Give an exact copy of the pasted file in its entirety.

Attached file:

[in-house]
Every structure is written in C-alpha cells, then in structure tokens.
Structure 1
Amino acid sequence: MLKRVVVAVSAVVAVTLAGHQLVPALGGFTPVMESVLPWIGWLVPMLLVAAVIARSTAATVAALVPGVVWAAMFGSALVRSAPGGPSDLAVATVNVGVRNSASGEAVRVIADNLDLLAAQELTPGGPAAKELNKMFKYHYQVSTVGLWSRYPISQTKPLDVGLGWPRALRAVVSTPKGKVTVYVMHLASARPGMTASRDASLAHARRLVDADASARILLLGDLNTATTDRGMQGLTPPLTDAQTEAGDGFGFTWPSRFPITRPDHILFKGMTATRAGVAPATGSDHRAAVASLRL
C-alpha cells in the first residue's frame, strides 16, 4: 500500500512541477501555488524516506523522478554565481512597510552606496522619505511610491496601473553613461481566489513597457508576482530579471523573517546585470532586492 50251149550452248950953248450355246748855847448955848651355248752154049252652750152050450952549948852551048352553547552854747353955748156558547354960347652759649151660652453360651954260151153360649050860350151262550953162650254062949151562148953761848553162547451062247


[in-house]
Every structure is written in C-alpha cells, then in structure tokens.
Structure 1
Amino acid sequence: MLKRVVVAVSAVVAVTLAGHQLVPALGGFTPVMESVLPWIGWLVPMLLVAAVIARSTAATVAALVPGVVWAAMFGSALVRSAPGGPSDLAVATVNVGVRNSASGEAVRVIADNLDLLAAQELTPGGPAAKELNKMFKYHYQVSTVGLWSRYPISQTKPLDVGLGWPRALRAVVSTPKGKVTVYVMHLASARPGMTASRDASLAHARRLVDADASARILLLGDLNTATTDRGMQGLTPPLTDAQTEAGDGFGFTWPSRFPITRPDHILFKGMTATRAGVAPATGSDHRAAVASLRL
C-alpha cells in the first residue's frame, strides 16, 4: 500500500512541477501555488524516506523522478554565481512597510552606496522619505511610491496601473553613461481566489513597457508576482530579471523573517546585470532586492 50251149550452248950953248450355246748855847448955848651355248752154049252652750152050450952549948852551048352553547552854747353955748156558547354960347652759649151660652453360651954260151153360649050860350151262550953162650254062949151562148953761848553162547451062247